Mr Augustine Okrah, Director of Training at the Electoral Commission (EC), said yesterday that under the electoral laws of Ghana, anybody whose name is on the biometric voters register used for the 2012 elections, would be committing an offence, if he re-registers this year.
Mr Okrah was speaking at a consultative forum on the Public Elections Regulations, Constitutional Instrument (CI 75) organised by the EC, and facilitated by the KAB Governance Consult in Takoradi.
Representative of the political parties, organised labour and the media, participated in the forum.
Mr Okrah said those who infringed the law, could go to jail for two years, and one anticipated major challenge in the limited voter registration in June this year was how to prevent people on the voter register from re-registering.
"You can change your name, even how you look, but you cannot change your biometric information so, persons who register again will be found out", he cautioned.
Mr Okrah said the limited voter registration was intended for persons who have turned 18 years since the last registration in 2012, and persons who are older but for one reason of other could not register in 2012.
He said the qualification and registration procedures would be the same as that in 2012.
Mr Okrah said as compared with Presidential and Parliamentary elections, voter turnout in Local Government elections was very low, below 40 per cent most of the time, and this was regrettable because local government was self-government.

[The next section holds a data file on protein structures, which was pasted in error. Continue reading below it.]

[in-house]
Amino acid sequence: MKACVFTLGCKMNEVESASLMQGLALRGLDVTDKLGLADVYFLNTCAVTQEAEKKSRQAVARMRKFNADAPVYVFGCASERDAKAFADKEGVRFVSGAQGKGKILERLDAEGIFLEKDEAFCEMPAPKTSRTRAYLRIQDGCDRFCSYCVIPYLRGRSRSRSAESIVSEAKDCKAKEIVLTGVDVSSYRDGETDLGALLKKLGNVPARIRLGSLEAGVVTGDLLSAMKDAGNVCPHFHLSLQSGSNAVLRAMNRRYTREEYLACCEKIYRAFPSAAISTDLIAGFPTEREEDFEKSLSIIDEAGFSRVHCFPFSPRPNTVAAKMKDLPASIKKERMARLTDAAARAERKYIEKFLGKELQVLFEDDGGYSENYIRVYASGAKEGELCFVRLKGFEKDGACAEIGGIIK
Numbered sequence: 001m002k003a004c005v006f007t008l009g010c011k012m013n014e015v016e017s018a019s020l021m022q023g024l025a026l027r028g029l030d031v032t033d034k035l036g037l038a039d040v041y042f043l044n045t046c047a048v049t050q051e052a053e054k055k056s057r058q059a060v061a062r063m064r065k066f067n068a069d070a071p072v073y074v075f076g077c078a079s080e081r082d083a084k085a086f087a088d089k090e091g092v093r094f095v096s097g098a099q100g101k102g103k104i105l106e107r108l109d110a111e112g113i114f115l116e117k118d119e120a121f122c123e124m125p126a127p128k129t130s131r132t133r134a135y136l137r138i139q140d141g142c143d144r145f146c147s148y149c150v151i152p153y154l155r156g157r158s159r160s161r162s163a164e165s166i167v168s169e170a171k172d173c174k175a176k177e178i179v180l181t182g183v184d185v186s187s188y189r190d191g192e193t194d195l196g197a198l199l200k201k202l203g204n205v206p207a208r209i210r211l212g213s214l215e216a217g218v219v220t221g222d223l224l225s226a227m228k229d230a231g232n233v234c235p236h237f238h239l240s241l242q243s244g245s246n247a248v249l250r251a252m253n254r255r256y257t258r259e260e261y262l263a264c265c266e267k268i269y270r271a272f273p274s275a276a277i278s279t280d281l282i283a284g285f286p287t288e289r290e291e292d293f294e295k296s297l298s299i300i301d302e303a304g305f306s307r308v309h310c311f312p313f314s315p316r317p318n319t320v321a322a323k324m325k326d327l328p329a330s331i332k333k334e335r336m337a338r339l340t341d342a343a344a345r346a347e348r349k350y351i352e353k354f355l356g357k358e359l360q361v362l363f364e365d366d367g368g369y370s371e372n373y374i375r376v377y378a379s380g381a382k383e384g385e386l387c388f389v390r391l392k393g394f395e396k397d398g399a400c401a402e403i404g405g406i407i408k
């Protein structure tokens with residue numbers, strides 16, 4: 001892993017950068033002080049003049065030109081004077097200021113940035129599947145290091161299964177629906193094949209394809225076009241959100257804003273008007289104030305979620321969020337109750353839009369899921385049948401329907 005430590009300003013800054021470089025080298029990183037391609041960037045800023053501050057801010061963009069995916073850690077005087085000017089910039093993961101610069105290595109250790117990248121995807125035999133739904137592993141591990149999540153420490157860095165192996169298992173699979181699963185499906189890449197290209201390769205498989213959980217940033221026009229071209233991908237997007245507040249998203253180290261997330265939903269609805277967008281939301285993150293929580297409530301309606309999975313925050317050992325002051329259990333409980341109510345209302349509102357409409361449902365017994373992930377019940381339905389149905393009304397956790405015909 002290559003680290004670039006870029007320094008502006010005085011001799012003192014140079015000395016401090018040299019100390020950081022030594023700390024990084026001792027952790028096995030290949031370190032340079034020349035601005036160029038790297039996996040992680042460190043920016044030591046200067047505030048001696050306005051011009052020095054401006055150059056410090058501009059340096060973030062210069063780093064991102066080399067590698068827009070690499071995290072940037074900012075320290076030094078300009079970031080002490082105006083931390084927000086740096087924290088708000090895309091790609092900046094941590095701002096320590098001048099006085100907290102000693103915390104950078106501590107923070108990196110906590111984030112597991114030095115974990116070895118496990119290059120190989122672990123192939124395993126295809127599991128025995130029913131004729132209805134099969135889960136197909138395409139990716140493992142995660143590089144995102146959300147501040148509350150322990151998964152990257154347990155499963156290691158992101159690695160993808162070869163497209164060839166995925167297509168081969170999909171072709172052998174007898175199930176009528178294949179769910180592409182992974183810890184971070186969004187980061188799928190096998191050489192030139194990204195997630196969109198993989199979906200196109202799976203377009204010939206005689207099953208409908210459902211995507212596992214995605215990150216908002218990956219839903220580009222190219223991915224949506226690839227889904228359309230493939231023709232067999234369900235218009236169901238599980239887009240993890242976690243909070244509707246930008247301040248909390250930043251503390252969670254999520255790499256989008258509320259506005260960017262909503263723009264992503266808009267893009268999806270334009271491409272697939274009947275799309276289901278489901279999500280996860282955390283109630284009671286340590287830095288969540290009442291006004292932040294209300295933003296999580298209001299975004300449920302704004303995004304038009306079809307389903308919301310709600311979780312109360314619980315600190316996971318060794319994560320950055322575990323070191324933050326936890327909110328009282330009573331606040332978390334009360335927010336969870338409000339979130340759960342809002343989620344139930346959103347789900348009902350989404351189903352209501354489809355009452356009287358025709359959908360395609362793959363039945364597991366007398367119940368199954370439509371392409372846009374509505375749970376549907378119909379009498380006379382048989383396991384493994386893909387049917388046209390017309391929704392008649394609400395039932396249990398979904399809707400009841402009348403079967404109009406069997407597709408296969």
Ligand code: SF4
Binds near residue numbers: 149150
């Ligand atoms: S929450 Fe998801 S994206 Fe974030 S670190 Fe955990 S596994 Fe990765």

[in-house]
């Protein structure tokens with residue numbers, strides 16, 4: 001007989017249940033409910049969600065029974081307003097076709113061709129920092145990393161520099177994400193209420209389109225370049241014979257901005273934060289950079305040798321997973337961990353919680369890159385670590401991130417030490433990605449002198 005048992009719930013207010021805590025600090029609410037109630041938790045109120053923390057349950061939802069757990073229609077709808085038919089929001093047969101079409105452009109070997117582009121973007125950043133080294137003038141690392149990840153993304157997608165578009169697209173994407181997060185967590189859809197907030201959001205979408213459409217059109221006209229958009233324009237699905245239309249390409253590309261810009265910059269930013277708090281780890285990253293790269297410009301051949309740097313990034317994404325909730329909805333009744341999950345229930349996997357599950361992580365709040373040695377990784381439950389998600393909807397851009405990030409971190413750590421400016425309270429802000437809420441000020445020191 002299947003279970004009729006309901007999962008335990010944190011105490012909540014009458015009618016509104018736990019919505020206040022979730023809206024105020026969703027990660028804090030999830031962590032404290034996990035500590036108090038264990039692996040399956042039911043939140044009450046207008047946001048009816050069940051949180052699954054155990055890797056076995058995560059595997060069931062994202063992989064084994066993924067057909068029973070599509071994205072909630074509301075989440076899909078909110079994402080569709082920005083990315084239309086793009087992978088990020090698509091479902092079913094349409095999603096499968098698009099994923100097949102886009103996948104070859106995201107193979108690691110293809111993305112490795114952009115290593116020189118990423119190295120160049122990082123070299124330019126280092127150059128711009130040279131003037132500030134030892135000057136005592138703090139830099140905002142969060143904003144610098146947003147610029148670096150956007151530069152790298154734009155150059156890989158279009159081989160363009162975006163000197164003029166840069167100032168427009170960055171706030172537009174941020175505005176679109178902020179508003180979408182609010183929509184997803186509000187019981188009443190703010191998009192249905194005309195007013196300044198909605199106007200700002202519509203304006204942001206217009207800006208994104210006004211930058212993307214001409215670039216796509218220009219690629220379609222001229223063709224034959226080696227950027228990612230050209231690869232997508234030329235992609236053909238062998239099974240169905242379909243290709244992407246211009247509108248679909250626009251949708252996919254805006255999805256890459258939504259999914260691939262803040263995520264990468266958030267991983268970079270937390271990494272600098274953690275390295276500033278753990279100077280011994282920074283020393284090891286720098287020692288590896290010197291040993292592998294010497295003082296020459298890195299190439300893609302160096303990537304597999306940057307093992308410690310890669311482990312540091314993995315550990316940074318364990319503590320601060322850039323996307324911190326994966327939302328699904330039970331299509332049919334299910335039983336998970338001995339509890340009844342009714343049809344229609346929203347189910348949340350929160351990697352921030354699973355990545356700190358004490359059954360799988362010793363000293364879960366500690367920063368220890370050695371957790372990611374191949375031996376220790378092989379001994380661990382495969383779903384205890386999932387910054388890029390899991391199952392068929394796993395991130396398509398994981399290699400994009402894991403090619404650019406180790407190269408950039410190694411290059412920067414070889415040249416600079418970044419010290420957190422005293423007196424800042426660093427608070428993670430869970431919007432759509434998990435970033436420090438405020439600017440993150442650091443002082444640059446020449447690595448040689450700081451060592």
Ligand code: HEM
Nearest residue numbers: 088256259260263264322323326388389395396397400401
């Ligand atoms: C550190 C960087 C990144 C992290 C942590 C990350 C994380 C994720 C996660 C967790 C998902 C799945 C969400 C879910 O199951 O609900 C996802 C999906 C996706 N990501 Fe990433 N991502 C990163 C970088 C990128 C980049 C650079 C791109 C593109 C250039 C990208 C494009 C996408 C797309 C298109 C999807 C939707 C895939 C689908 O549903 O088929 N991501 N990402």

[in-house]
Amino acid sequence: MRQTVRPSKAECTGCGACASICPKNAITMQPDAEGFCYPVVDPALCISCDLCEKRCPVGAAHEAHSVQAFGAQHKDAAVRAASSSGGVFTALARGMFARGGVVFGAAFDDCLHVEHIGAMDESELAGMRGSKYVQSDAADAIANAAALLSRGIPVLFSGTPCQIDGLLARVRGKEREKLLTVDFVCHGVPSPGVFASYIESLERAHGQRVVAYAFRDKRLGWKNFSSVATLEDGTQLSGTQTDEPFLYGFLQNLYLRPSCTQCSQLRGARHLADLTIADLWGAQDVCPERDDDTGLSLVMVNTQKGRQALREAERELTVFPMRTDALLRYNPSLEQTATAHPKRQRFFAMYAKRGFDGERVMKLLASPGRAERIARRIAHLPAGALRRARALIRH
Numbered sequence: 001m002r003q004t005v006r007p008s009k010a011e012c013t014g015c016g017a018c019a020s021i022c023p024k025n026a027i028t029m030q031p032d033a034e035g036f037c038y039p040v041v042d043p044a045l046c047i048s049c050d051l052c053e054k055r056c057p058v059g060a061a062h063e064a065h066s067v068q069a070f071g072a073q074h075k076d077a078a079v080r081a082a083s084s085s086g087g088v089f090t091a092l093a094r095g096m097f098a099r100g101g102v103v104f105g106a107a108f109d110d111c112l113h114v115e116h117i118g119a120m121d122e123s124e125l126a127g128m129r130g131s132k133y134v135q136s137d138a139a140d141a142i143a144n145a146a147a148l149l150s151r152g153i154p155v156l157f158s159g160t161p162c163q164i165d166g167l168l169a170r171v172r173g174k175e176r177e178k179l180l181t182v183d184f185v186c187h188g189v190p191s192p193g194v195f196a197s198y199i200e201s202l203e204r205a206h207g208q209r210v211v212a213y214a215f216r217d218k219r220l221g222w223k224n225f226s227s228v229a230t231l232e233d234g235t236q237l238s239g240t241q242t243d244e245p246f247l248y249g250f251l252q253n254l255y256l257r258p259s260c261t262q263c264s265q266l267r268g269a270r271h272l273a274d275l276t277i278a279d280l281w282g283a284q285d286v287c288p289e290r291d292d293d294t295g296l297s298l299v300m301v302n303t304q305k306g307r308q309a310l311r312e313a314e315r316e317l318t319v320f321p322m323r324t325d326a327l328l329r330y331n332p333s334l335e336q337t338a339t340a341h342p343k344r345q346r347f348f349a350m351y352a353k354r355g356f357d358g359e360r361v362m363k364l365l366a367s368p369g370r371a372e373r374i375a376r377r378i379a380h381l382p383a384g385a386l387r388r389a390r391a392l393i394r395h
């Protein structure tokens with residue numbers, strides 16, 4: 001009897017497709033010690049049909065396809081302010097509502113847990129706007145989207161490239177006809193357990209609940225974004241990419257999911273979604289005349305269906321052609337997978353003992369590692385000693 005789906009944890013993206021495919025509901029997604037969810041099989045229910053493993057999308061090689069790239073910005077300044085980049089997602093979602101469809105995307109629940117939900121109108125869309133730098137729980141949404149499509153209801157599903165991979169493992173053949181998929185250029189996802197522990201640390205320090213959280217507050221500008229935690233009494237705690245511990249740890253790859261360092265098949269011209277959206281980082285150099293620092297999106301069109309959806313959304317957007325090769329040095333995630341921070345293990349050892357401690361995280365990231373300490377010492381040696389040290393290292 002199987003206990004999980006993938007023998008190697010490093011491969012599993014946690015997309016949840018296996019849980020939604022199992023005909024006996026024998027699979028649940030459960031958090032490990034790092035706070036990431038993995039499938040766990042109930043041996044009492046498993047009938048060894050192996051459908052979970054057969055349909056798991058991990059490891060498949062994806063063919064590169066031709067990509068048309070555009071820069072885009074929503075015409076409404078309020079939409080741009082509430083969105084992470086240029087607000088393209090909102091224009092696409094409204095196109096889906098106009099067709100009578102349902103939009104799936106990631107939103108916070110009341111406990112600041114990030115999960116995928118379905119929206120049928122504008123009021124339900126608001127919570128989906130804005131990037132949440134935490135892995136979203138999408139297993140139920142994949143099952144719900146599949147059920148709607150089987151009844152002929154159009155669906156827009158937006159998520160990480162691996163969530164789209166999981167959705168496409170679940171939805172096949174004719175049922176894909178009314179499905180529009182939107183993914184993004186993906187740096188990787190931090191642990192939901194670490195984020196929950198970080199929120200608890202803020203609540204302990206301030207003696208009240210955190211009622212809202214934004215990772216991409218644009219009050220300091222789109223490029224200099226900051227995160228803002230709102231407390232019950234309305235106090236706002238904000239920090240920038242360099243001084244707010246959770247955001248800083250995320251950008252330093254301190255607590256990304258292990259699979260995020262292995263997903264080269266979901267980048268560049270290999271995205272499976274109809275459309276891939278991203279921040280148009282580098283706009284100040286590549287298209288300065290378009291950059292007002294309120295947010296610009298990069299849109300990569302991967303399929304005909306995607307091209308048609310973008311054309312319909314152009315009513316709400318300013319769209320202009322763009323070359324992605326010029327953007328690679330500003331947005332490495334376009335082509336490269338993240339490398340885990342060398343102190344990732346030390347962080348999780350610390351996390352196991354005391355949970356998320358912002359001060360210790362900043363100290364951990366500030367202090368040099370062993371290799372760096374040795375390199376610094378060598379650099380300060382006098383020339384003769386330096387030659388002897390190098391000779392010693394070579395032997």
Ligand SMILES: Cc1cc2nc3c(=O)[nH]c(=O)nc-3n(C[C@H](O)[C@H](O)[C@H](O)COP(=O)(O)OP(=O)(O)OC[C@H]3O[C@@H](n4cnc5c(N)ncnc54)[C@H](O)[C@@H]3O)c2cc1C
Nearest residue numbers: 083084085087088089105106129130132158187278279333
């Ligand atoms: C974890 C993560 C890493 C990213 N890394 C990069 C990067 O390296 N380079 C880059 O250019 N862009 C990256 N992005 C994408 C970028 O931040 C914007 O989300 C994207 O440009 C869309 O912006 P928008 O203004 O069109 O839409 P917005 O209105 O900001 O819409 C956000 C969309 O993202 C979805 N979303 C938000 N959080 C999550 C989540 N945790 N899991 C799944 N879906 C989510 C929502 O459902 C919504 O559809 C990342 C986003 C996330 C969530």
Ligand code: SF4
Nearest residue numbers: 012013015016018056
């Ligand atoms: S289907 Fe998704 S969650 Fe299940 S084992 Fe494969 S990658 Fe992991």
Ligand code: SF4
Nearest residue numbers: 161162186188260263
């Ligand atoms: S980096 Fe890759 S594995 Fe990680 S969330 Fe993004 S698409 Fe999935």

He said it was important for the electorate to join hands to canvass for high voter turn-out at the next District Level Elections, in view of the fact that the referendum on the proposed constitutional amendments may be tied to the elections.
Mr Okrah said for the referendum to be valid, the minimum turnout must be 40 per cent of the total number of voters on the national register.
He explained that a candidate for the District Assembly or Unit Committee election must contest the election strictly as an individual, and not as a member of a political party or an organisation or a group.
Mr Okrah said it was, therefore, an offence for a candidate to use the name or symbol of a political organisation or a group, and also the candidate was prohibited from asking for or receiving any form of assistance or help from a political party, an organization or a group.
He said the penalty for this provision was cancellation of nomination or candidacy and a political party that gave support to a candidate was liable to a fine of up to five million cedis.
Mr Okrah said any organisation or group that was interested in and wanted to assist in the conduct of the District Level and Unit Committee elections, must not be affiliated to a political party and even so, it must give its assistance in cash or kind to the EC to organise platforms for the common use of the candidates.
He said unlike the Presidential and Parliamentary elections, the candidate in the District Level Election would not pay a deposit and unlike the previous times, a candidate is not restricted to house-to-house campaigning and can mount a platform.
Mr. Steve Opoku-Mensah, Western Regional Director of EC, said the main law that regulates public election in the country is the Public Elections Regulations, which replaced the Constitutional Instrument (CI 15) of 1996, following the introduction of the Biometric Voter Registration and the use of the Biometric Verification Devices.